Wednesday, 11 April 2018

Regarding the merits of trees

Across Northamptonshire we take trees for granted. I, and most of my friends, value them greatly and tend to assume that other people do too.
In yesterday's blog I briefly recounted a late afternoon stroll I took in the vicinity but made no mention of the trees along the way.
A fine Beech Tree, Fagus sylvatica, stands towards the western end of Christchurch Drive. Many people have rhapsodized about the beauty of the Wild Cherry, a judgement based largely on the tree as seen in full blossom. If, however, we set aside the flowers, then the beech must be one of our loveliest trees.
Beeches produce fine timber, for which the tree is encouraged by foresters to grow tall and straight, but in earlier times coppicing was more frequent, making the foliage and younger branches readily accessible. Our neighbourhood specimen has been coppiced but whether deliberately or by an accident to the leading shoot is anyone's guess. It clearly predates the adjacent houses. As a wild tree the beech may not be native to Northamptonshire but it is certainly native in the south of England; suspicions that it may have been introduced by the Romans were demolished when pollen from 6000 year-old deposits were found in Hampshire.

A coppiced beech stands near the west end of Christchurch Drive,
Daventry. 11 April, 2018
Along Badby Road West stands a small group of Sycamores, almost certainly an introduction. I paused to admire and photographs a section of trunk which, despite being only four or five yards from the busy road, was thickly encrusted with lichens. A man who was just leaving the premises of a nearby house shouted out, 'I wish someone would cut the buggers down.' I was a little taken aback and was tempted to offer a response encompassing the words Daily Mail or The Sun but I restrained myself - a decision encouraged by the fact that he was younger and bigger than I. In fact he had a valid point for these trees when in full leaf would have made his living room very gloomy. There was another point too.
This sycamore sports a rich lichen assemblage. Badby Road West,
Daventry. 10 April, 2018
The lawn, his garden borders and in fact any available ground, bore an astonishing crop of sycamore seedlings,  probably covering at least five hundred square yards.  They are easy to remove from a lawn of course as one mowing does the trick, but to remove them by hand from a border must be the very devil of a job.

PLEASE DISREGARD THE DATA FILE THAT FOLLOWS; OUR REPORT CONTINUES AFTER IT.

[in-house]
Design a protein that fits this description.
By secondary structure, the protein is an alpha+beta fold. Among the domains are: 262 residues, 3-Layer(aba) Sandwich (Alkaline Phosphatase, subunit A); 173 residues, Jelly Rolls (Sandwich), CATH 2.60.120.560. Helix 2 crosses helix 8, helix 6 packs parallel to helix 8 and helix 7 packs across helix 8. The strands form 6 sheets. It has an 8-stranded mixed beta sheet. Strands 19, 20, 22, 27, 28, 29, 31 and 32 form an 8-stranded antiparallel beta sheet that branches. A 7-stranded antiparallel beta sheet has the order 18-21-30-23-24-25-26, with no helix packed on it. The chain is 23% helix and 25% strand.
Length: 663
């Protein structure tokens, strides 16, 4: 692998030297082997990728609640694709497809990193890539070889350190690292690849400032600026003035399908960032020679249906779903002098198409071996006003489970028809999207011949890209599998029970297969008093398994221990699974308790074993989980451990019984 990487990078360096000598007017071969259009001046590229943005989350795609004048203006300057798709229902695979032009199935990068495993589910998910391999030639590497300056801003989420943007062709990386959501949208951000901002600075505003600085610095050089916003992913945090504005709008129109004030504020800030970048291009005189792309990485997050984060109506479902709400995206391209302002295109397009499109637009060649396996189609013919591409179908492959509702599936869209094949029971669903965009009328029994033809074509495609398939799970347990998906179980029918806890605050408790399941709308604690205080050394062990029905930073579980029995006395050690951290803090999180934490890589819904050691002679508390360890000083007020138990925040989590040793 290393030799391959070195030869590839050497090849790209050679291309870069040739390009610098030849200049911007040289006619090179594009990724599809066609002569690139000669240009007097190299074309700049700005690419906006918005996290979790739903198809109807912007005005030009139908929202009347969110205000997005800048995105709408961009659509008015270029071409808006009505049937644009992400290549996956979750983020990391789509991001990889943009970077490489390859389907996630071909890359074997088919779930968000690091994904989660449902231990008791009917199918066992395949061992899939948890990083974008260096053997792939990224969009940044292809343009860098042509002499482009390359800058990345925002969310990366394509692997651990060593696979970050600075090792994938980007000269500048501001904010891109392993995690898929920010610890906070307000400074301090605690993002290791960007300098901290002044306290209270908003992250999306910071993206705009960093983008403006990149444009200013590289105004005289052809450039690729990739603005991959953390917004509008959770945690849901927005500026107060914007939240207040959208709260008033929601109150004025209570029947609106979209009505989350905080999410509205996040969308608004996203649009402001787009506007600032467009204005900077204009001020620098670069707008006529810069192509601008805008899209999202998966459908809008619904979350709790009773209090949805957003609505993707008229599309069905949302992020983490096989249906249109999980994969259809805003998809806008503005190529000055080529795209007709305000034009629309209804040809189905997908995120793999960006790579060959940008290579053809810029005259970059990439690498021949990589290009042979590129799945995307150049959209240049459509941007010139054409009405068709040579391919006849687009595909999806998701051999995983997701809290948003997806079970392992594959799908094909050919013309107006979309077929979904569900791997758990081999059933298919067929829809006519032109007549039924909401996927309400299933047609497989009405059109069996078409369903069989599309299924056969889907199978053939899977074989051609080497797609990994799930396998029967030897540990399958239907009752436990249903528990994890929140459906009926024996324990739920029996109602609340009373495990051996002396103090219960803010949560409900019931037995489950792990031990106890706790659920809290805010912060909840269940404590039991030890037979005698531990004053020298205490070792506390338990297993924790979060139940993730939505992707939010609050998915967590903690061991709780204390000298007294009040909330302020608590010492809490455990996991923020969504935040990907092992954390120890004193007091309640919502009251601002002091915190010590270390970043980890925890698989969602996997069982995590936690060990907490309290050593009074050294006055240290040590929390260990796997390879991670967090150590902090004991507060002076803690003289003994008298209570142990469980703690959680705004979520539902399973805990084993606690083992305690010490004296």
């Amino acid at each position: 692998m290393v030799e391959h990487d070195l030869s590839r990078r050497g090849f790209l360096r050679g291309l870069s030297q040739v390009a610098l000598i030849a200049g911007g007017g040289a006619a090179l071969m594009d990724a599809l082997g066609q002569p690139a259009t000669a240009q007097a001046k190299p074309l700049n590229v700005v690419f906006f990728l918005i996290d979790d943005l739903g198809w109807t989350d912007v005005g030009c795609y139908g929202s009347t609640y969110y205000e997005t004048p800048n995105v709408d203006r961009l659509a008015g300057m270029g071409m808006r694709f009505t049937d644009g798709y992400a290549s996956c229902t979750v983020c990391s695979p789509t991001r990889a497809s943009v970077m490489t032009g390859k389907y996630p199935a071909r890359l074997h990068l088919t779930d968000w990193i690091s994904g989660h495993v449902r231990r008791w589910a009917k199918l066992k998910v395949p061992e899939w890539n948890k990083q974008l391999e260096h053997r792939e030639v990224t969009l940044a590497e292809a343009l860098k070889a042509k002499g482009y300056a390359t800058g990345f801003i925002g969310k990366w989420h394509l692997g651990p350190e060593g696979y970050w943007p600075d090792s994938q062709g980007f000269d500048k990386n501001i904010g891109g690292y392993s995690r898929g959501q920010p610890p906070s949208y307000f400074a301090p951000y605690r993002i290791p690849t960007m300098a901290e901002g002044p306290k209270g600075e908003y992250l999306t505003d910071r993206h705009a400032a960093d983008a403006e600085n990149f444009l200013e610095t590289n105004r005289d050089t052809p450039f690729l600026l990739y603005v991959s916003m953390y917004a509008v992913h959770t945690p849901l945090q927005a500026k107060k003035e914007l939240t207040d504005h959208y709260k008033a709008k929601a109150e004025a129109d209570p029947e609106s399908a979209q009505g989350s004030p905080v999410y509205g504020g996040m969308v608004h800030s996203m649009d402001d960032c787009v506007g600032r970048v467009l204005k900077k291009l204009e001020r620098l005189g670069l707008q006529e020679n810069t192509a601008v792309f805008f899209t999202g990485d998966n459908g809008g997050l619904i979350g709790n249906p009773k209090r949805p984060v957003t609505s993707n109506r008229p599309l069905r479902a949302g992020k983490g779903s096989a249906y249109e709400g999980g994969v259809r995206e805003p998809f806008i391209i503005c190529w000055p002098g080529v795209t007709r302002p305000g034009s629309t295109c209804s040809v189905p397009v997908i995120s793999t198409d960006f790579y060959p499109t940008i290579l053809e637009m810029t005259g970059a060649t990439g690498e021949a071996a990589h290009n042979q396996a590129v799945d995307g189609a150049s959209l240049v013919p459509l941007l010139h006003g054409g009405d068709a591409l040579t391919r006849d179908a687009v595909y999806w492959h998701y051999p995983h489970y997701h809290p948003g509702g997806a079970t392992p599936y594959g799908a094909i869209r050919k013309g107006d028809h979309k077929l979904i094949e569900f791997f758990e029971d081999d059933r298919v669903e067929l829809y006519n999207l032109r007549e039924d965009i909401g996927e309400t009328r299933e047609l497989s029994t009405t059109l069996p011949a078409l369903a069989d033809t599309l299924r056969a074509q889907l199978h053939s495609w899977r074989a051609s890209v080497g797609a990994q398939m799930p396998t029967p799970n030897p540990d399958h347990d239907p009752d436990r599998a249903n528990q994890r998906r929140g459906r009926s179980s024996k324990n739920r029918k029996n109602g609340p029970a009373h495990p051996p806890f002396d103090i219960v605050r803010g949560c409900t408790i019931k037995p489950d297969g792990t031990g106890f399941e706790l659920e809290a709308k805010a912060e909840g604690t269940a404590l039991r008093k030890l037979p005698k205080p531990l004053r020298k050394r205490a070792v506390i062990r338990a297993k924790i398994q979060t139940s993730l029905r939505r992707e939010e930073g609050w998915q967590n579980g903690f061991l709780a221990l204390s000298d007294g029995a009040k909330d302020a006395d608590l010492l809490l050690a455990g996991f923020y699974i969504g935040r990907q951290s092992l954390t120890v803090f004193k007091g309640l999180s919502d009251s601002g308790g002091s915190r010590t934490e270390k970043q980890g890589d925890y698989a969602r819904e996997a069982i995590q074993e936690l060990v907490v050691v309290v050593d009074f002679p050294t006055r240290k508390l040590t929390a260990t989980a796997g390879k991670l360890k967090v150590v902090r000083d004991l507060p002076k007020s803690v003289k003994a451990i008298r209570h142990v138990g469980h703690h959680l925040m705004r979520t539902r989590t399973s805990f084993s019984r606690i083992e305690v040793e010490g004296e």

Sycamore seedlings abundant on a lawn. Badby Road West, Daventry.
10 April, 2018
The Ash Tree, Fraxinus excelsior, is also common hereabouts, as it is all over the English midlands. It shares with sycamore the ability, via copious seed production, to rapidly colonise vacant ground. It cannot be coincidence that both species have winged fruits and I have found, over many years of gardening, that seedlings of ash and sycamore are the only trees that fall into the 'weeds' category. Just a few yards further on, at the edge of the recently-constructed Daventry by-pass a forest of small ash trees has developed. In the years flowing the great storms of October 1987 and January 1990 the job of healing over the scars was largely managed by ash trees.

A thicket of  ash saplings has developed beside the A45. Daventry.
10 April, 2018
I again took the opportunity to photograph the strange-looking inflorescences borne by the trees. They look more like fruits than flowers.
The yet-unopened flowers of ash beside the A45, Daventry.
10 April, 2018
What strikes me as very odd is that a number of place-names are based on the word 'ash'. In Northamptonshire alone we have two villages called Ashton, one near Oundle and the other a little off the M1 near Hartwell. Also within the county there is Castle Ashby, Canons Ashby, Ashby St. Ledger and probably more.  Now to name a settlement after a distinctive yew tree or a fine holly tree - that would be understandable, but to distinguish it on the basis that an ash or even a group of ashes stood nearby seems strange. Over Britain as a whole there must be scores of not hundreds of place-names that make reference to ash trees. The answer may lie way back in history.
The younger of my two sisters will never pass a magpie without saying, 'Good morning, Mr Magpie.' In Sussex people would treat an ash tree in a similar manner and people would not, it seems, pass one without bidding it 'Good Day.' This greeting may hark back to pagan times and in Scandinavian mythology the ash tree was revered as Yggdrasil, which, as the tree of life, had 'its branches spread all over the world'. Perhaps the proximity of an ash tree to a settlement was regarded as propitious - a good omen worth remembering in the name.

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